The world of Mortgage REITs offers massive yields for income investors. There is a big caveat here. It offers massive yields, until it doesn’t… then you don’t want to be around this sector. Over the weekend came a report from Barron’s highlighting both Hatteras Financial Corporation (NYSE: HTS) and Capstead Mortgage Corporation (NYSE: CMO). The benefit that Barron’s sees here is that these tend to be exposed to adjustable rate mortgages sponsored by the government-sponsored entities. We have a whole host of concerns that were not really addressed.
Some of the more frequent mortgage REITs that we cover are as follows: Annaly Capital Management, Inc. (NYSE: NLY); Chimera Investment Corporation (NYSE: CIM); Anworth Mortgage Asset Corporation (NYSE: ANH); and MFA Financial, Inc. (NYSE: MFA). ETF investors can look to the FTSE NAREIT All Mortgage Capped Index (NYSE: REM). There is a reason we highlight this sector. There are risks here in this sector even though Barron”s did warn that investors should not buy these for capital appreciation. It believes that the yields are the juice here and also believes that ARM-related mortgage REITs could even see rising yields.
Investors always have to assume an “implied dividend” rather than a static dividend because REITs have to pay out 90% of their income for their tax structure. It is the leverage that can boost this yield, but it is that same leverage which can act as a guillotine under the right (or wrong) circumstances. Barron’s noted that the eventual rise in rates will hurt payouts in many but believes these are safe until around January 2013. Barron’s did at least pick the cheaper REITS in the group at about 1.1-times book value.
Our concerns are much more pointed than those of Barron’s. There are more risks that have started to come to light in the recent days and weeks that were not given much concern. If something closer to a double-dip recession arises then these are going to suffer more P&I delinquencies and defaults. While many or most mortgages held by these REITs are GSE-backed, there is now the risk that Uncle Sam might actually enter into a period of a temporary debt default. That is why you saw the outlook go to “CreditWatch Negative” on Friday at S&P for the government, many GSEs, government dependent entities, and even insurance companies which are riddled with long-term government and agency debt securities. Keep in mind that Egan Jones did formally downgrade the U.S. government over the weekend as a warning signal that US investors have to worry.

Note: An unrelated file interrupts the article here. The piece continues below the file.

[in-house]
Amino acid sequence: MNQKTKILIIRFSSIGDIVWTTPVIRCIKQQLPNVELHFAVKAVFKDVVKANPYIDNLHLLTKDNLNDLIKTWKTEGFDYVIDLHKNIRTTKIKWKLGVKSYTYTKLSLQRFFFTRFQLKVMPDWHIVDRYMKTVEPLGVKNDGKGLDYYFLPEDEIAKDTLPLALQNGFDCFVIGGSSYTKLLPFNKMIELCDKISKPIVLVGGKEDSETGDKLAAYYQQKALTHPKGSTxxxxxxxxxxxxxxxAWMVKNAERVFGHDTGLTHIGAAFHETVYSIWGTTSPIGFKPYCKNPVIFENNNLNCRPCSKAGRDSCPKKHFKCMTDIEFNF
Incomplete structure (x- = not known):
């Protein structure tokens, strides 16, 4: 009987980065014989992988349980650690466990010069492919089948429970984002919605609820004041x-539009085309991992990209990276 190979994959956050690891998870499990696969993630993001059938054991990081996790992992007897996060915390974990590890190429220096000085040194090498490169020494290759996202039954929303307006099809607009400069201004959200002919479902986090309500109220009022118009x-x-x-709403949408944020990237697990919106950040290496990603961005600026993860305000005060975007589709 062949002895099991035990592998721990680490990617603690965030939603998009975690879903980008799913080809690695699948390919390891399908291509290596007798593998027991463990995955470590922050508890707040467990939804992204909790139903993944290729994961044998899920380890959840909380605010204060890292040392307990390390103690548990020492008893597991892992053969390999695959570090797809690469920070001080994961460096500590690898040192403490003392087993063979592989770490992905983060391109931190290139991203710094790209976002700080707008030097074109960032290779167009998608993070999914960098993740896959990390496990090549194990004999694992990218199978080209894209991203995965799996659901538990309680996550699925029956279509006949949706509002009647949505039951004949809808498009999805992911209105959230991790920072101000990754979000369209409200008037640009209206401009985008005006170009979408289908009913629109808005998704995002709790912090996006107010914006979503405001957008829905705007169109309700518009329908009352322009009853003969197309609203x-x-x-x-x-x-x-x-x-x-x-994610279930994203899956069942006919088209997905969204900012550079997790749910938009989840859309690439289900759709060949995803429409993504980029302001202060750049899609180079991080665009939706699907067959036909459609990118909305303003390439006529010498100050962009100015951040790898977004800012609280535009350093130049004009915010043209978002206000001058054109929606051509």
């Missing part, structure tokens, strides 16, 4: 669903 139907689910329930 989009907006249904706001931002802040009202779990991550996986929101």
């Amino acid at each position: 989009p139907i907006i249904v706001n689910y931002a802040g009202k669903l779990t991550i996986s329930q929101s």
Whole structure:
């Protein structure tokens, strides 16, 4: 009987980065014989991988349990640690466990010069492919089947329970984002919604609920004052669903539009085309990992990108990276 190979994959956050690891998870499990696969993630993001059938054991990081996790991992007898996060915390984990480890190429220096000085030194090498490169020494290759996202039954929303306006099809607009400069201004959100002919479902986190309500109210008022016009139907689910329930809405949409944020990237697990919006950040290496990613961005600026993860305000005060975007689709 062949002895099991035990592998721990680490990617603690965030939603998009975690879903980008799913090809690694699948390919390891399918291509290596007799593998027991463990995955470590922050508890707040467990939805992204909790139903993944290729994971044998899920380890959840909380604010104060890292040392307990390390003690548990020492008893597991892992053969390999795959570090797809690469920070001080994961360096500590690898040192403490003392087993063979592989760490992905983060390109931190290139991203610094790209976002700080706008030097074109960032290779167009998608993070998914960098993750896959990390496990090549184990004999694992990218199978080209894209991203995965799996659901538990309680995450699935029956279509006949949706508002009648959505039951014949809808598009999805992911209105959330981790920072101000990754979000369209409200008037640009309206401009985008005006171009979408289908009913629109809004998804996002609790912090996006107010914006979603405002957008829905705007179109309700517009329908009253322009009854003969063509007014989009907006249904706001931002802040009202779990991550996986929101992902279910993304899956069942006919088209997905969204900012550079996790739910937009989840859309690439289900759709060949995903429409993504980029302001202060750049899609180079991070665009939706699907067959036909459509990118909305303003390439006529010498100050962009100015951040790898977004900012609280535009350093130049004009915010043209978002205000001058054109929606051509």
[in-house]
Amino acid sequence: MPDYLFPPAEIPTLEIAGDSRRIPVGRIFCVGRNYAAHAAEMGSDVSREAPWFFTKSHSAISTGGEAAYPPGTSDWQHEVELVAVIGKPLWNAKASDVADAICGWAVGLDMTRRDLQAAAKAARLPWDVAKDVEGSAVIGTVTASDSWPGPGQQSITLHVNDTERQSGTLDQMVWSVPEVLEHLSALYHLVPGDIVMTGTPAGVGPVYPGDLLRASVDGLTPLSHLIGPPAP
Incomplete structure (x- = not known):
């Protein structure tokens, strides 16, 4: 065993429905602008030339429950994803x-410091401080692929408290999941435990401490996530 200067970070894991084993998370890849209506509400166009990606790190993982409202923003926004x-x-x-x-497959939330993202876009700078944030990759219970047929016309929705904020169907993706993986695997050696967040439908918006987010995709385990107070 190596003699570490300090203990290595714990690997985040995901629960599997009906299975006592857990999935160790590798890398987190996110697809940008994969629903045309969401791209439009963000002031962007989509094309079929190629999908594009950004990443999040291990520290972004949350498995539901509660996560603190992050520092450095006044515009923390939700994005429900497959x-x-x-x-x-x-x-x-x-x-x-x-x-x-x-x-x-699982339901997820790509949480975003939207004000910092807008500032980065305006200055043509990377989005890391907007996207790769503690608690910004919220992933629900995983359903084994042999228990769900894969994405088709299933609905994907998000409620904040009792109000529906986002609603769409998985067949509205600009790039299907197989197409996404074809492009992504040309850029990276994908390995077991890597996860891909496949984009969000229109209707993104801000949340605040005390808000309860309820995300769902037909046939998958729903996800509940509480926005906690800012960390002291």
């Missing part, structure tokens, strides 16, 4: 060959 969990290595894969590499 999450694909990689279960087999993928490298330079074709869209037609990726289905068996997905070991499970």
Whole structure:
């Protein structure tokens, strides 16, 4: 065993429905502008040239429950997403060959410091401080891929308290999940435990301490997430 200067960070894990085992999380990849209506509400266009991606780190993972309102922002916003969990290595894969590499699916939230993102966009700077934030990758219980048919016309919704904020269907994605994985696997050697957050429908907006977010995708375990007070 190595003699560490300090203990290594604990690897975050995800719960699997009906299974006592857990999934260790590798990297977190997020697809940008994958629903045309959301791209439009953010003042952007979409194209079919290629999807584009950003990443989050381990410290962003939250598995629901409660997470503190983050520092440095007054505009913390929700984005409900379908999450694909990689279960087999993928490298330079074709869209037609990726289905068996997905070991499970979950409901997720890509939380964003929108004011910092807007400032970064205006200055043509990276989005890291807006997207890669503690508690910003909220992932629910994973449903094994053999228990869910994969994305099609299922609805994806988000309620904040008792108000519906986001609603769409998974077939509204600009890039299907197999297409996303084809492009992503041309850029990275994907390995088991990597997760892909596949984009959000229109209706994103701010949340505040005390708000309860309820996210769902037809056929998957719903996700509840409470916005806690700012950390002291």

Hatteras Financial Corporation (NYSE: HTS) offers an implied dividend yield of about 14.1%. The shares recently closed at $28.44 and the 52-week trading range is $27.12 to $31.98. Capstead Mortgage Corporation (NYSE: CMO) offers an implied dividend yield of about 14.6%. The shares recently closed at $13.16 and the 52-week trading range is $10.78 to $13.95. The four mortgage REITs we routinely cover are as follows:
Annaly Capital Management, Inc. (NYSE: NLY) offers an implied dividend yield of about 14.5%. The shares recently closed at $17.96 and the 52-week trading range is $16.73 to $18.79.
Chimera Investment Corporation (NYSE: CIM), often considered Annaly’s vulture vehicle, offers an implied dividend yield of about 16%. The shares recently closed at $3.25 and the 52-week trading range is $3.18 to $4.36. Its shares are down 4% today as the market woes continue and is down at $3.11.
Anworth Mortgage Asset Corporation (NYSE: ANH) has an implied dividend yield of about 13.8%. The shares recently closed at $7.23. The 52-week trading range is $5.74 to $7.52.
MFA Financial, Inc. (NYSE: MFA) offers an implied dividend yield of close to 12.8%. The shares recently closed at $7.79 and the 52-week trading range is $7.10 to $8.64.
We are taking a more cautious stance than Barron’s is willing to take, even if they are focusing on Mortgage REITs tied closer to ARMs than to traditional mortgage products. The politics in Washington can often bring havoc where there should be at least some harmony. That is the case today.
Another alternative is the FTSE NAREIT All Mortgage Capped Index (NYSE: REM), but it tends to offer a lower implied yield with equally sporadic payout fluctuations. It is less liquid than many other REIT ETFs and is less liquid than many of its components. The fund invests in securities of the index and in depositary receipts representing securities of the index. After recently closing at $14.65, the 52-week trading range is $13.98 to $16.07.
After taking a look at this, it might seem like you are seeing a “Sell” rating. That is not really the case. If the politicians will stop gambling the entire U.S. credit ratings for political gains and for political ambitions, many of our fears normalize. Our fears will normalize for this year, but not into early 2013 as Barron’s suggested.
JON C. OGG
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